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VOTE411 Voter Guide

Metropolitan King County Council District No. 3

As the legislative branch of county government, the Council sets policies, enacts laws, and adopts budgets that guide an array of services for this region, including: the criminal justice system and jails, prosecutors and public defenders, District and Superior Courts; the King County Sheriff's Office, which directly serves the residents of unincorporated areas and contracts with many cities to provide police protection; election administration, public health and human services; Metro Transit bus service and county roads; wastewater treatment and solid waste management; regional parks, open space and trails; and records and licensing. Council members also sit on one of several of regional committees planning and providing multiple county regional services.
  • Candidate picture

    Kathy Lambert (NP) King County Councillmember, District 3

  • Candidate picture

    John Murphy (NP) Attorney, Subject-Matter Expert, Physician Assistant

Change Candidates

Biographical Information

Why did you decide to run for the council?

What are three major issues facing your county?

Of the three, which one is the most urgent?

What are the issues surrounding your county's infrastructure?

What is your commitment to senior citizens?

How do you think your county should approach legal and illegal immigration issues?

How do you think your county could best respond to homelessness?

Phone (425) 891-2014
Town where you live Redmond
Experience (300 characters max) I serve on the King County Council and currently chair the Regional Water Committee & Vice Chair the Budget & Law & Justice Committees. I serve on Flood District & WSAC Legislative Team - WA Assoc of Counties & NACO National Assoc on technology & law committees. Former House of Representatives mbr
Serving the people of my district and the county is an honor. I enjoy meeting with people and hearing their issues, concerns, and needs. I like solving problems in addition to creating new opportunities and systems to make government work more efficiently and effectively. I believe that my past experiences in business and as a school teacher and mother help me to have very practical approaches to problem solving. I want to continue providing expertise and insights on many county projects.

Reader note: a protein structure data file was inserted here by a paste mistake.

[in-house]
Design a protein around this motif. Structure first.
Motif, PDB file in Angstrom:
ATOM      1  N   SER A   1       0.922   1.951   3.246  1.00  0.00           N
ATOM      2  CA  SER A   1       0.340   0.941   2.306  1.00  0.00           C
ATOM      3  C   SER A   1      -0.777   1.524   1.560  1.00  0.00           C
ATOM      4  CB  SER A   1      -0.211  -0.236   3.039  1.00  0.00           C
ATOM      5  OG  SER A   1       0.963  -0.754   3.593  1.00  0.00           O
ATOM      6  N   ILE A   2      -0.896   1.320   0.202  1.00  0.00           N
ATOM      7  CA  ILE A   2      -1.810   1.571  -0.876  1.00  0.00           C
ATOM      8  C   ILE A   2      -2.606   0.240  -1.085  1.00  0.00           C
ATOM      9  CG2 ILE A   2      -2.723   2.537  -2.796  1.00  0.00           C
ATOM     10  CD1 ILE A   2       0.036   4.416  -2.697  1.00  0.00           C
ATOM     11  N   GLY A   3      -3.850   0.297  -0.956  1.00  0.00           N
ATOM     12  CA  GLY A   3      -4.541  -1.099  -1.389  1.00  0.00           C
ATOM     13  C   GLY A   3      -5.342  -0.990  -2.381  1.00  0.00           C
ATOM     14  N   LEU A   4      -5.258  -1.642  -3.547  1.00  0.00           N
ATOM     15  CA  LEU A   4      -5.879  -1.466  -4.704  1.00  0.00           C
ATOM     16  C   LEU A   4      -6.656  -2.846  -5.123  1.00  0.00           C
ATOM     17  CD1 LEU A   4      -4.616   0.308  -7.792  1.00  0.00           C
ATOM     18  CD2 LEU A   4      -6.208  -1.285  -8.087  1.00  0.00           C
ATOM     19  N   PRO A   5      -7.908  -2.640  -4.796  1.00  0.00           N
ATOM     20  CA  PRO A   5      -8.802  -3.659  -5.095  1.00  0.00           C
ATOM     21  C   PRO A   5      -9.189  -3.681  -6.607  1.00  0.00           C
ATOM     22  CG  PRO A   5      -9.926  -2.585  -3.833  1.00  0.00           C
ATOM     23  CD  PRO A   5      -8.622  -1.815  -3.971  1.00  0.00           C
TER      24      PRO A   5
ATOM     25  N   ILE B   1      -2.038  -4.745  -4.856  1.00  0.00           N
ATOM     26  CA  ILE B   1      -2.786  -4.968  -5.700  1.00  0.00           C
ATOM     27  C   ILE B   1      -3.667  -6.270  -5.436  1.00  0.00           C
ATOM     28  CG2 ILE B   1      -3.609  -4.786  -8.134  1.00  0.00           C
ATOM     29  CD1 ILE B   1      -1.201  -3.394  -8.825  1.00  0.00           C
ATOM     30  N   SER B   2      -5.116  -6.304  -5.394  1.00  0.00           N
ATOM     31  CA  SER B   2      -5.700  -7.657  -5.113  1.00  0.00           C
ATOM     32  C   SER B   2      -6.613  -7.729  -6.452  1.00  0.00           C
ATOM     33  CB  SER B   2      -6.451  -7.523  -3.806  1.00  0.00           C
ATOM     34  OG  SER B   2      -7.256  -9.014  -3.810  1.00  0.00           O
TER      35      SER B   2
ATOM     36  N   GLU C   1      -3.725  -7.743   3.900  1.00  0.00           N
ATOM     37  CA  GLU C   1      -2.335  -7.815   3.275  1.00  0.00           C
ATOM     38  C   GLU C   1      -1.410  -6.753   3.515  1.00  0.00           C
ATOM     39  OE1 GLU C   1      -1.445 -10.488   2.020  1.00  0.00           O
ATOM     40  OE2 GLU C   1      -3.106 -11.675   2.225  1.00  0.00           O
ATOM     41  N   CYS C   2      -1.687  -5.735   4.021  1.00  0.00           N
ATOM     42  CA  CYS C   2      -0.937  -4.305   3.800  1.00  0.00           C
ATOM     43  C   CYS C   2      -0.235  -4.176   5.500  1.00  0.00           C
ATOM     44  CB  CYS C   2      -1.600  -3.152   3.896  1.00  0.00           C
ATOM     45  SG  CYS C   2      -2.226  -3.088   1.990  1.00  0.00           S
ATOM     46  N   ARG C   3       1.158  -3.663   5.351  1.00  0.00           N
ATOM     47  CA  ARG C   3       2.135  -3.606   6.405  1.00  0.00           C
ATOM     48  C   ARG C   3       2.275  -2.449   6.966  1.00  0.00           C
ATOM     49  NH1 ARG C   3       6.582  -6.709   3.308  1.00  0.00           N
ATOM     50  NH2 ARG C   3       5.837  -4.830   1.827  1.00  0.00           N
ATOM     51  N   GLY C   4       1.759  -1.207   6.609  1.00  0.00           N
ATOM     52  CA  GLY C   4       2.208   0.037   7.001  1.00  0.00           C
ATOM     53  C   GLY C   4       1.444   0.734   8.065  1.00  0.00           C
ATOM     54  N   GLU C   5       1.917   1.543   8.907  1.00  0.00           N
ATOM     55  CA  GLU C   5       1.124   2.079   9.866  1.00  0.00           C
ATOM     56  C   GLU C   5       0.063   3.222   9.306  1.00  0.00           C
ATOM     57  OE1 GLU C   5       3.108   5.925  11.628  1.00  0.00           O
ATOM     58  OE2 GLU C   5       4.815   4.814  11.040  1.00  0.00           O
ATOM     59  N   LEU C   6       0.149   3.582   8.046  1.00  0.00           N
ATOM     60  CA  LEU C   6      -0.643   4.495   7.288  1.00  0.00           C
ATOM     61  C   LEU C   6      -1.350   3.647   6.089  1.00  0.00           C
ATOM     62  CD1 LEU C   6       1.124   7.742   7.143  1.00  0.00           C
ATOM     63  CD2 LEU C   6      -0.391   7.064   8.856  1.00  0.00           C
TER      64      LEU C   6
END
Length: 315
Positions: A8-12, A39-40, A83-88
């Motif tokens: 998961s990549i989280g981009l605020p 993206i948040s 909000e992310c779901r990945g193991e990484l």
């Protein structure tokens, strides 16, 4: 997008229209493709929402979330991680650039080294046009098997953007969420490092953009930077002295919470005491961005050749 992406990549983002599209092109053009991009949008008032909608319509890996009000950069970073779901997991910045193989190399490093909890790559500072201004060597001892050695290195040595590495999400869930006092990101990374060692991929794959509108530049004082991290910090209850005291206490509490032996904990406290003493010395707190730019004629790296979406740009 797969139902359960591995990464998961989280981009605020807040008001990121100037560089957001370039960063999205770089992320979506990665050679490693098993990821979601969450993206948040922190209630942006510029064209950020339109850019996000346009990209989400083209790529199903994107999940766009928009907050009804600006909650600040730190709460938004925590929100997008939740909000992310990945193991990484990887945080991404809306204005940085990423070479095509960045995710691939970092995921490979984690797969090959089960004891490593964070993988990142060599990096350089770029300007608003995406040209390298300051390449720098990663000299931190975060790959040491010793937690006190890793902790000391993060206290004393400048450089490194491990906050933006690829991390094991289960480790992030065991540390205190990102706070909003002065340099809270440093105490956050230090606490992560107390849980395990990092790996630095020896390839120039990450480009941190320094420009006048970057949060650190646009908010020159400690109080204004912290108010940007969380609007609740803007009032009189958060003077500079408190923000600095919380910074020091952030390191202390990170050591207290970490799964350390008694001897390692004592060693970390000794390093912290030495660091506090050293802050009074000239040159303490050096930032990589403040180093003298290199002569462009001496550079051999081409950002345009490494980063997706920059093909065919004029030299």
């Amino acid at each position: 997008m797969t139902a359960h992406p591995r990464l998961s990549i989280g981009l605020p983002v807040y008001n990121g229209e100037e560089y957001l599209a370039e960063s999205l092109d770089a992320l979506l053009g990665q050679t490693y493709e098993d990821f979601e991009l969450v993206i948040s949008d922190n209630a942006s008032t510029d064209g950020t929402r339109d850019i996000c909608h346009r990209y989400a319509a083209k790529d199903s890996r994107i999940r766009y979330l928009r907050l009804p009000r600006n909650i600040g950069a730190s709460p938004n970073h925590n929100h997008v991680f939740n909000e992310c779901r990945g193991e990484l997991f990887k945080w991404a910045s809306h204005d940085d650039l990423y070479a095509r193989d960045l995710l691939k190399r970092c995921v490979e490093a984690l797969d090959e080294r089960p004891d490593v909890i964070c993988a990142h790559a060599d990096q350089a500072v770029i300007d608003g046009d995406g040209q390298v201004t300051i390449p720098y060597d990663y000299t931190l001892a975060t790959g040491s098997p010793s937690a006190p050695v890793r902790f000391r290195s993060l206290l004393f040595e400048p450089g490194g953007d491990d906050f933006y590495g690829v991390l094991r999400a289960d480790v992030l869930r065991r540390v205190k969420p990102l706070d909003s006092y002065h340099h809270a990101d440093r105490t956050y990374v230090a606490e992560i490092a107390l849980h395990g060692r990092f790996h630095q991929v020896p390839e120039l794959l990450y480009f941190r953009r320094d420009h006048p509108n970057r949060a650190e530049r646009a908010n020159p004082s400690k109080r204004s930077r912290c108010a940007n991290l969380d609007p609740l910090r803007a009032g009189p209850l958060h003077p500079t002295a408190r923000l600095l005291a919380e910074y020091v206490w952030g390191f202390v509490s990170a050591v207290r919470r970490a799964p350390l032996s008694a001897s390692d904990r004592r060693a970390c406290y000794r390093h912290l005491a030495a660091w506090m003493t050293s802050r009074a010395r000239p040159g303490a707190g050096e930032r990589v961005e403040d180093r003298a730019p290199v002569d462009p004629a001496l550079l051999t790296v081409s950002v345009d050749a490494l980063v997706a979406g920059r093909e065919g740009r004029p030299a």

Roads - Our roads need to be repaired. Our infrastructure is not in good repair largely due to a broken state formula that does not fund local roads or bridges properly. Drugs - We have an opioid problem & need to provide the necessary treatment on demand to restore people's lives. There are many forces causing this from mental illness, to adverse childhood experiences to poverty that all need addressing. Budget - Retaining the top credit rating so that we save taxpayer money & use $ wisely
They are all important and different staff works on each. So they are the most important in each department. Roads need to be repaired so that we can keep people moving safely and able to get to work, do their errands, and get home quickly and efficiently so they have more time with their family. Roads keeps our economy strong with products moving steadily. The costs to replace our roads & bridges grows steeply as it moves from repair to reconstruction. Transportation impacts every one's life
There is not proper state funding for our roads and bridges. The state must step up and not put the roadways - 1500 miles that serve all 2.1 million people solely on the backs of the 200,000 people that live in the unincorporated areas. (Only the unincorporated area residents pay for all the rural roads) This is not what the GMA planned and is not sustainable as we are seeing. We have an aging wastewater system. Seattle has some wooden pipes and combines waste water and storm water. We need to look at the entire system and bring it up to current standards. We just did a report on one facility and have new information on the systems that need to be updated. Transit buses need to be able to serve all parts of the county so no one is left without various transportation options. We need to do a better job of land management reducing noxious weeds, reducing forest fire potential and maintaining our good soil land. Most people do not realize that the gov owns about 62% of King Co.